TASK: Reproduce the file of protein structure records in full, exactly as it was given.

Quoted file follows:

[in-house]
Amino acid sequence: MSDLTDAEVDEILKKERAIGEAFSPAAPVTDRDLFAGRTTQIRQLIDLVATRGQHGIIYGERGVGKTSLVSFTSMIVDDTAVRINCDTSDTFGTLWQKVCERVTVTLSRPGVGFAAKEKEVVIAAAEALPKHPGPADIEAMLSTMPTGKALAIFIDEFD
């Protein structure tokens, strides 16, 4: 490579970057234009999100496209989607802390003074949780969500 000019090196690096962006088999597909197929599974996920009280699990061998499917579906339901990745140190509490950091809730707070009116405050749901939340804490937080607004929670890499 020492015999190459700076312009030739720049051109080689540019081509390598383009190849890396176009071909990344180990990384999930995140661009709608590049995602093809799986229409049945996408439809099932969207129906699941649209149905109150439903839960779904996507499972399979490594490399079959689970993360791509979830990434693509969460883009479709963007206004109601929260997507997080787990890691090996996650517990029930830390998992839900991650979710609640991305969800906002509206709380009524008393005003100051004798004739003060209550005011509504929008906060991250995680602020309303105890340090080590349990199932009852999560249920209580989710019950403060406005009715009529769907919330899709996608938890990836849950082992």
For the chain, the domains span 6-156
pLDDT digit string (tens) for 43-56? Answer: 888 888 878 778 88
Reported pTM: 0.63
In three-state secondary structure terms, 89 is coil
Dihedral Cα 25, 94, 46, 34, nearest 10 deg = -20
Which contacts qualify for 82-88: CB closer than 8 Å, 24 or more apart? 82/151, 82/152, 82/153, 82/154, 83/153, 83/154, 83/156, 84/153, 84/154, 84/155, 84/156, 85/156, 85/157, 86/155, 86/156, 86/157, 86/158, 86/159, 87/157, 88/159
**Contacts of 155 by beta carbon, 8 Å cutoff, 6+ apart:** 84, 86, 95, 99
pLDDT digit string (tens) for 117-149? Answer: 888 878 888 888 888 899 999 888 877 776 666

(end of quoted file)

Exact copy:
[in-house]
Amino acid sequence: MSDLTDAEVDEILKKERAIGEAFSPAAPVTDRDLFAGRTTQIRQLIDLVATRGQHGIIYGERGVGKTSLVSFTSMIVDDTAVRINCDTSDTFGTLWQKVCERVTVTLSRPGVGFAAKEKEVVIAAAEALPKHPGPADIEAMLSTMPTGKALAIFIDEFD
């Protein structure tokens, strides 16, 4: 490579970057234009999100496209989607802390003074949780969500 000019090196690096962006088999597909197929599974996920009280699990061998499917579906339901990745140190509490950091809730707070009116405050749901939340804490937080607004929670890499 020492015999190459700076312009030739720049051109080689540019081509390598383009190849890396176009071909990344180990990384999930995140661009709608590049995602093809799986229409049945996408439809099932969207129906699941649209149905109150439903839960779904996507499972399979490594490399079959689970993360791509979830990434693509969460883009479709963007206004109601929260997507997080787990890691090996996650517990029930830390998992839900991650979710609640991305969800906002509206709380009524008393005003100051004798004739003060209550005011509504929008906060991250995680602020309303105890340090080590349990199932009852999560249920209580989710019950403060406005009715009529769907919330899709996608938890990836849950082992």
For the chain, the domains span 6-156
pLDDT digit string (tens) for 43-56? Answer: 888 888 878 778 88
Reported pTM: 0.63
In three-state secondary structure terms, 89 is coil
Dihedral Cα 25, 94, 46, 34, nearest 10 deg = -20
Which contacts qualify for 82-88: CB closer than 8 Å, 24 or more apart? 82/151, 82/152, 82/153, 82/154, 83/153, 83/154, 83/156, 84/153, 84/154, 84/155, 84/156, 85/156, 85/157, 86/155, 86/156, 86/157, 86/158, 86/159, 87/157, 88/159
**Contacts of 155 by beta carbon, 8 Å cutoff, 6+ apart:** 84, 86, 95, 99
pLDDT digit string (tens) for 117-149? Answer: 888 878 888 888 888 899 999 888 877 776 666